The above story is based on materials provided by University Of California - Los Angeles. Note: Materials may be edited for content and length.


Cite This Page:

University Of California - Los Angeles. "Sleep Apnea Linked To Early Brain Damage." ScienceDaily. ScienceDaily, 21 November 2002. <www.sciencedaily.com/releases/2002/11/021121065148.htm>.
University Of California - Los Angeles. (2002, November 21). Sleep Apnea Linked To Early Brain Damage. ScienceDaily. Retrieved December 17, 2014 from www.sciencedaily.com/releases/2002/11/021121065148.htm
University Of California - Los Angeles. "Sleep Apnea Linked To Early Brain Damage." ScienceDaily. www.sciencedaily.com/releases/2002/11/021121065148.htm (accessed December 17, 2014).

Share This


More From ScienceDaily



More Plants & Animals News

Wednesday, December 17, 2014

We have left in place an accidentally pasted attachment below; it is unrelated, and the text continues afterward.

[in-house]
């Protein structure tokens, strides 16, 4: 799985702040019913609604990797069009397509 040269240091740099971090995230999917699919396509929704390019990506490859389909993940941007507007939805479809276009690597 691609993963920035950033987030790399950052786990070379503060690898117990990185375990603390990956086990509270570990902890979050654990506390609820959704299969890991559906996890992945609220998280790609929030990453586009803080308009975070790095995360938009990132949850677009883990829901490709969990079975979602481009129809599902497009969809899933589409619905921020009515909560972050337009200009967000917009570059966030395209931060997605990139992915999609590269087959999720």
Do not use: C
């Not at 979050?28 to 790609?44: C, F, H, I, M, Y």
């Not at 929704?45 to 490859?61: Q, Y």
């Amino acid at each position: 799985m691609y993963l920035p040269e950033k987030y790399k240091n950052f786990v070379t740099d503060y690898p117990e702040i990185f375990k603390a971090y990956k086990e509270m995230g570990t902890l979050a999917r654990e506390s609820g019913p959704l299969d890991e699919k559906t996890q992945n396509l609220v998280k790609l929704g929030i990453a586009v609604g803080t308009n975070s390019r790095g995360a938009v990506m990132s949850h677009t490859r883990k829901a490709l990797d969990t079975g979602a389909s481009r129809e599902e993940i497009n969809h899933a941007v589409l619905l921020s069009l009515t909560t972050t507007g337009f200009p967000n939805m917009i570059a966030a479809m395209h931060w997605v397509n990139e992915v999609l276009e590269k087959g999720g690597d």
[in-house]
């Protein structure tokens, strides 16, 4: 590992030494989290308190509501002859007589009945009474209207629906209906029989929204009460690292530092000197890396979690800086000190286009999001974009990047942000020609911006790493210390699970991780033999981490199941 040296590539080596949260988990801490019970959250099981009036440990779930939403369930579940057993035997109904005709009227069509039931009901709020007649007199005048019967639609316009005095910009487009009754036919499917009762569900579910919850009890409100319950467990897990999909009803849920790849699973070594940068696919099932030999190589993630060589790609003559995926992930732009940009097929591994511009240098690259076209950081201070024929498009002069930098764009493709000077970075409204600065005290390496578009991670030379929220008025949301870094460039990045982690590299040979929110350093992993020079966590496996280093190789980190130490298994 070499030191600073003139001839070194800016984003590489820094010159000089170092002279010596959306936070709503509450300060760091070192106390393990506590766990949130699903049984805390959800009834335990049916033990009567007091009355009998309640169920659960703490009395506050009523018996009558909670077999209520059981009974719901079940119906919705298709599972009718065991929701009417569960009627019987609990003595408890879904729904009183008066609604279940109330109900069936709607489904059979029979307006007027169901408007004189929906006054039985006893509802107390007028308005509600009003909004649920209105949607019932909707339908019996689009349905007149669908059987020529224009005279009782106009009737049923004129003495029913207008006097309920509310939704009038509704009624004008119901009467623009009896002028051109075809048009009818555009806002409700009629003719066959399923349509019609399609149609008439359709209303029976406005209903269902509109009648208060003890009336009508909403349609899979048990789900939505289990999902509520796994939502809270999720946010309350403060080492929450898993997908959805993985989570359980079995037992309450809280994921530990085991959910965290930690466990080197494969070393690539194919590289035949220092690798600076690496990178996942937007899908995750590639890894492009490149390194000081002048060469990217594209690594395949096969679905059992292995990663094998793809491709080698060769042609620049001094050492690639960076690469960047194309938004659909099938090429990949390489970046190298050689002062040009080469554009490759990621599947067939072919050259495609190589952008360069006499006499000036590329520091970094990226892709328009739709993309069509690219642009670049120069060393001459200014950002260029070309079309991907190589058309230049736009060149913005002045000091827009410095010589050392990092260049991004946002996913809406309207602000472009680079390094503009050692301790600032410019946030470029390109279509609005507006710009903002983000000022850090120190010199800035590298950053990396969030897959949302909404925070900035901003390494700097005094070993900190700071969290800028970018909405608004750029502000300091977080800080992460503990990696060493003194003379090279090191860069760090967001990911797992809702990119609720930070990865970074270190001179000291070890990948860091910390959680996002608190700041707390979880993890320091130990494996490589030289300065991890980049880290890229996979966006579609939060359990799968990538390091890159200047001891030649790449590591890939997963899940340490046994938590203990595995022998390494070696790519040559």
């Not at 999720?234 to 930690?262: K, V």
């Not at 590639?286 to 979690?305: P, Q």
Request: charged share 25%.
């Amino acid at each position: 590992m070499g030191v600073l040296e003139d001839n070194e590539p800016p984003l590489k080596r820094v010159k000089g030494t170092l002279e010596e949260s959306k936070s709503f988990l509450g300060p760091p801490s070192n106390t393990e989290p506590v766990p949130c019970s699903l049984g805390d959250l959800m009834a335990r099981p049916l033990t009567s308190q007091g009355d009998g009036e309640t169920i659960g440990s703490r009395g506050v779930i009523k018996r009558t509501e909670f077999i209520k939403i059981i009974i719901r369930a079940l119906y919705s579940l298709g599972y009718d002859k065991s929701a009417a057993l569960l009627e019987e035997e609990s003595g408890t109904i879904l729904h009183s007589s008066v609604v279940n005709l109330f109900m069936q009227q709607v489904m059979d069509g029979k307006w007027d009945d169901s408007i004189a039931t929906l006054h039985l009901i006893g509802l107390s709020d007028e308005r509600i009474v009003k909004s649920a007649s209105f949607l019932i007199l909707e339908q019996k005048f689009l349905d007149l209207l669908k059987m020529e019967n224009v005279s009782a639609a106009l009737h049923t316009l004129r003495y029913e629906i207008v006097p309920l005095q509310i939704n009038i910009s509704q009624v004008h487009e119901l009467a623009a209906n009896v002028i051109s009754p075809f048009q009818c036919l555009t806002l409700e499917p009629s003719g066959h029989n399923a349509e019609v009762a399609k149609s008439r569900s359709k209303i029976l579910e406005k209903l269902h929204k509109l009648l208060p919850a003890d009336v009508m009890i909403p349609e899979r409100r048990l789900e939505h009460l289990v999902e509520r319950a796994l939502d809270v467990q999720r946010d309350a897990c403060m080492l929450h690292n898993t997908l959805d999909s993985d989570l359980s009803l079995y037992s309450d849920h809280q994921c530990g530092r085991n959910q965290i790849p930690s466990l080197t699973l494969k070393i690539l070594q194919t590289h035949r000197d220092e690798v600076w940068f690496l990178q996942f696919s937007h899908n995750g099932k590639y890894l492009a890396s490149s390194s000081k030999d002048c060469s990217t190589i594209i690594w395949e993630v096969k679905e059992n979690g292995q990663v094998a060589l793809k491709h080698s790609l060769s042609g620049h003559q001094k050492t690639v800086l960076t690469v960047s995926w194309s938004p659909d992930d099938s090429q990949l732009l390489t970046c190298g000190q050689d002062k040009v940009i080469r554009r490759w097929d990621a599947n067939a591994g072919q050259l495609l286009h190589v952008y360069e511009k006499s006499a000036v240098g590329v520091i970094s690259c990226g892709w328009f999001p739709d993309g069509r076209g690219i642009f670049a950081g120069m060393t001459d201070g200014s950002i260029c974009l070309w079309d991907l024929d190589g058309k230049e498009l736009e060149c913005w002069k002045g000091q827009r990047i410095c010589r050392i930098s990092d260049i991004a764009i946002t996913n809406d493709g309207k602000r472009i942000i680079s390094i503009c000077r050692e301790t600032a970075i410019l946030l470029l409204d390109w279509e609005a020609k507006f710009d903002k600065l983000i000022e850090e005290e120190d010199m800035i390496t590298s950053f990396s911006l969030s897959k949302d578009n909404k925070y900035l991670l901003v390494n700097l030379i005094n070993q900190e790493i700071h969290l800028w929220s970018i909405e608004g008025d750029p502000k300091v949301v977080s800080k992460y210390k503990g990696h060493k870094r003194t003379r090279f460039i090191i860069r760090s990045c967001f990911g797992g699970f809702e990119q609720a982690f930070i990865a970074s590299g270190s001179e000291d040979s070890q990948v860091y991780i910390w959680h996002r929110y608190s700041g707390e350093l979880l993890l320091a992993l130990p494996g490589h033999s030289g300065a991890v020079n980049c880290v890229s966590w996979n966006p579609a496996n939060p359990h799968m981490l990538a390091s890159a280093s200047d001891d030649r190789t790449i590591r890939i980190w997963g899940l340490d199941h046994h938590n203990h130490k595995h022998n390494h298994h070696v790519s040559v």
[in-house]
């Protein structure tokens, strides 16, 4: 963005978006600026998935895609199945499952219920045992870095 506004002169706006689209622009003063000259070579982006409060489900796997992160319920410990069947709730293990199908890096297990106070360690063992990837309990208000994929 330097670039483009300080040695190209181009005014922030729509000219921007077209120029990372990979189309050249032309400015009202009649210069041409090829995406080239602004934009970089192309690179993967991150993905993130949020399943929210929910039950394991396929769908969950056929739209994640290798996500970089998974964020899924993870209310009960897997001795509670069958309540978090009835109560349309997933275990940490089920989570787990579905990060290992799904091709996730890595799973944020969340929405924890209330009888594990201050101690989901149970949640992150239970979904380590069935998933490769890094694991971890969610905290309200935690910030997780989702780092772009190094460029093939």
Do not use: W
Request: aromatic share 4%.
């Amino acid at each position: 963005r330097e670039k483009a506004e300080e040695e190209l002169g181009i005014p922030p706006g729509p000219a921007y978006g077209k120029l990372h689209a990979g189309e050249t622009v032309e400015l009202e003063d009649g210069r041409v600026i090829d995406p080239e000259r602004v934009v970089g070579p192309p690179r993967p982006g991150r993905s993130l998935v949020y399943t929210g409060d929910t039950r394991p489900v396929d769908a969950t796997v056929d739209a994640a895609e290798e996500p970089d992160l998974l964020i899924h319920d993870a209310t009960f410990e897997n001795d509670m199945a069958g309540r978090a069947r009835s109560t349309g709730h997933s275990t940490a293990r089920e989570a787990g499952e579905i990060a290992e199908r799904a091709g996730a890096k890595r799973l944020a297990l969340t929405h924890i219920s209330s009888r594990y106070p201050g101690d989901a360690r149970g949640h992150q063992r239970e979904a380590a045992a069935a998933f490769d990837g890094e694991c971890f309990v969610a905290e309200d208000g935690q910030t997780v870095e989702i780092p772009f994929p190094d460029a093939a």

Featured Research

from universities, journals, and other organizations


Featured Videos

from AP, Reuters, AFP, and other news services

When You Lose Weight, This Is Where The Fat Goes

When You Lose Weight, This Is Where The Fat Goes

Newsy (Dec. 17, 2014) Can fat disappear into thin air? New research finds that during weight loss, over 80 percent of a person's fat molecules escape through the lungs. Video provided by Newsy
Powered by NewsLook.com
The Hottest Food Trends for 2015

The Hottest Food Trends for 2015

Buzz60 (Dec. 17, 2014) Urbanspoon predicts whicg food trends will dominate the culinary scene in 2015. Mara Montalbano (@maramontalbano) has the story. Video provided by Buzz60
Powered by NewsLook.com
Rover Finds More Clues About Possible Life On Mars

Rover Finds More Clues About Possible Life On Mars

Newsy (Dec. 17, 2014) NASA's Curiosity rover detected methane on Mars and organic compounds on the surface, but it doesn't quite prove there was life ... yet. Video provided by Newsy